Not surprisingly, the need that patients expressed for security and familiarity was often jeopardised when they transitioned from the familiar environment of the ICU to the new environment of the ward. Relocation anxiety was experienced by some patients when transferred to the ward , despite the presence of critical care outreach follow-up for some patients [35, 48]. Conversely, some patients experienced a sense of detachment, compliance and acceptance resulting in contentment: they had entered a chain of events over which they had no control . Patients cited difficulty adjusting to the change from a one nurse to one patient ratio in the ICU to a lower nurse to patient ratio in the ward . The ratio change caused patients to feel abandoned and vulnerable because of the loss of closer relationships with nurses [50, 51] as well as feeling unimportant , isolated and neglected . In addition, many patients felt depressed because of a perception of poor physical progress following transfer [35, 49].
Implementation/adaptation (discharge home)
Patients found the first few months after hospital discharge the most difficult and felt insecure about no longer being in the safe hospital environment . Following discharge, vivid memories of ICU experiences involving terrifying dreams and flashbacks [41, 42, 50], and fear and worry about the complexities of their illness persisted for months [24, 25]. During this time, patients needed a lot of reassurance. Yet, one study reported that patients were reticent about seeking telephone support from ICU follow-up clinic nurses, even though the nurses had urged them to do so, due to a presumption that they were busy or had forgotten them . The lack of contact resulted in some patients feeling abandoned after hospital discharge , and where scheduled follow-up ICU visits were provided, patients reported these were preceded with feelings of nervousness and tension brought on by unpleasant memories . Follow-up sessions provided some security in allowing opportunity to ask questions and gain knowledge of their stay in the ICU .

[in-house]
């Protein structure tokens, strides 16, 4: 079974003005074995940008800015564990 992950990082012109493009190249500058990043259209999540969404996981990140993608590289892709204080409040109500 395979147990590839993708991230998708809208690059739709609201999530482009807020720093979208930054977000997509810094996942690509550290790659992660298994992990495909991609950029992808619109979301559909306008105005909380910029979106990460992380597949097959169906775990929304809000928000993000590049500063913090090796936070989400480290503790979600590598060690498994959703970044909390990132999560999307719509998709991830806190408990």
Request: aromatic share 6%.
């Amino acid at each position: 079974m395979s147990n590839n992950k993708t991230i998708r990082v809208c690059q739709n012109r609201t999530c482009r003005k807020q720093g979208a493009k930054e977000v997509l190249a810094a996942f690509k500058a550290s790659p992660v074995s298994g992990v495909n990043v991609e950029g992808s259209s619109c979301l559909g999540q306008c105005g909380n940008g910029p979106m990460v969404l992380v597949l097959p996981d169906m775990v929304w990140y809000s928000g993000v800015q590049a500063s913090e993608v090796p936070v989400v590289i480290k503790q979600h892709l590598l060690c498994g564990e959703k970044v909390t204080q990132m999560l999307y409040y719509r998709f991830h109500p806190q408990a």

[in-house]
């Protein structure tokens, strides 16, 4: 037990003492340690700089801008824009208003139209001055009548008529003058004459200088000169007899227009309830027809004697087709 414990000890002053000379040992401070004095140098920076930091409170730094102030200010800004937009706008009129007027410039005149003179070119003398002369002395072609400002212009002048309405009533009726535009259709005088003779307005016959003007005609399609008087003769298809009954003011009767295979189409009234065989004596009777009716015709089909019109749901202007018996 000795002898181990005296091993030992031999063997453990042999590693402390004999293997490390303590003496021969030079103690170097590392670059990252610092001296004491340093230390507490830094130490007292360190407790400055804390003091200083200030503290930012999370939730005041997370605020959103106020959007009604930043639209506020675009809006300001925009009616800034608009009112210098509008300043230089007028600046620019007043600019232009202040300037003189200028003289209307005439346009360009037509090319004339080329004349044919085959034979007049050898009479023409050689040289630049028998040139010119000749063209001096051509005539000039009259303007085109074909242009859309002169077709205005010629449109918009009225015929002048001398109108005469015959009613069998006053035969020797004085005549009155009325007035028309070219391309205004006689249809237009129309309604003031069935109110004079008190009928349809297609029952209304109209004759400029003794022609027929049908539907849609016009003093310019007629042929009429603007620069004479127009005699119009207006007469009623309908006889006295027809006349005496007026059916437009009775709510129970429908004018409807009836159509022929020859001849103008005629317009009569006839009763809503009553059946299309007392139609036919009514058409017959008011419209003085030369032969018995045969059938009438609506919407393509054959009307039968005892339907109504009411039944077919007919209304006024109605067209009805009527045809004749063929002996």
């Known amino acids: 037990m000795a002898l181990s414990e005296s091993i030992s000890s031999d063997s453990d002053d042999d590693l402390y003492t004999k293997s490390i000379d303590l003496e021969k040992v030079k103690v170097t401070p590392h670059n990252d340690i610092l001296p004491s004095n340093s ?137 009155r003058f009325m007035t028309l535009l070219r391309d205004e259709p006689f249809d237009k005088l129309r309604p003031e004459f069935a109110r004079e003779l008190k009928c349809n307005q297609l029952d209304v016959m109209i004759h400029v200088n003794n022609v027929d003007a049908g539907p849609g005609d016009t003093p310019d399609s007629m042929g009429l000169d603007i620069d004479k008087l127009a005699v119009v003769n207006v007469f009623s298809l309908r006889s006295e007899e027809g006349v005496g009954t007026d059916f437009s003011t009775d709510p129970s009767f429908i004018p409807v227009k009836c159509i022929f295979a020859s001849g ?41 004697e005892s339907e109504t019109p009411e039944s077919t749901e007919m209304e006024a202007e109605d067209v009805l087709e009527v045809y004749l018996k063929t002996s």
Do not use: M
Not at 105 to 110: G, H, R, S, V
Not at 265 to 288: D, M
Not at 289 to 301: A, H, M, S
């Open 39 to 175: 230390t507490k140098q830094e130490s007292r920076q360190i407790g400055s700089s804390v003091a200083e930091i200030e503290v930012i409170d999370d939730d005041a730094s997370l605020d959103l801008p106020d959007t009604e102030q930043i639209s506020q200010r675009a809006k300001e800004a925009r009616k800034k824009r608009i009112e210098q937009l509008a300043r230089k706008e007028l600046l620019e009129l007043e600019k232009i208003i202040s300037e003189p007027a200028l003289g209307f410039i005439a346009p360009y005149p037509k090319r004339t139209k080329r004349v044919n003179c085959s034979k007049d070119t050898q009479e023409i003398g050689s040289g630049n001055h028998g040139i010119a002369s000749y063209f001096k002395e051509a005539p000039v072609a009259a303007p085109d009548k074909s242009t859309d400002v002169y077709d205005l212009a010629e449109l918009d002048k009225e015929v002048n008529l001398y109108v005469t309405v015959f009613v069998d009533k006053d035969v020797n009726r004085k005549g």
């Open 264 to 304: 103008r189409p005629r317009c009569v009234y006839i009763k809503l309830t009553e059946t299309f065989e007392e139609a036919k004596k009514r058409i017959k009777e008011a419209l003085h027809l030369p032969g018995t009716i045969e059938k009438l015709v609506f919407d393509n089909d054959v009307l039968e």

Variability in the emotional experiences of survivors was common on discharge and was influenced by the availability of support at home. Patients with no primary caregivers experienced more anxiety and fear, while those with family members and support networks were more optimistic and positive about their discharge . Furthermore, other patients felt a loss of role within the family and feelings of being dissociated and not involved in family decisions  and helplessness .
Adaptation (discharge home)
Patients’ reported that their re-integration back into the community caused increased stress and was a source of depression . Some expressed a sense of isolation as they avoided socialising, such as visiting relatives because it provoked unpleasant memories . As a result, some patients expressed a need for mechanisms to allow an emotional outlet for themselves and their family members, including the support of community-based healthcare providers . Across a few studies, patients felt that, unlike their physical health, their emotional and psychological health had received little attention and would have valued psychological counselling, more support from community-based healthcare providers and support in re-building psychological independence and confidence [25, 39, 46, 52]. Some patients reported they benefited from a support group where they had met others who truly understood the experience.
Event/diagnosis (ICU admission)
During their time in ICU, patients reported discomfort arising from a debilitating lack of sleep, noise, fatigue, pain and anxiety [29, 31, 32, 35, 40, 41]. Key instrumental needs reported by patients were for personal care, hygiene and comfort, particularly relating to bathing, nutrition and pain relief [31, 54]. As patients moved to the ward, they reported a need to progress from dependent to independent care, but needed adequate professional support to achieve that. Chiang et al.  summarised patients’ views on needing structured continuity of care, such as that delivered by a critical care outreach service, and sufficient professional support before discharge home to the community. Additionally, patients in one study noted that they rarely experienced continuity of medical care .
Stabilisation (ward care)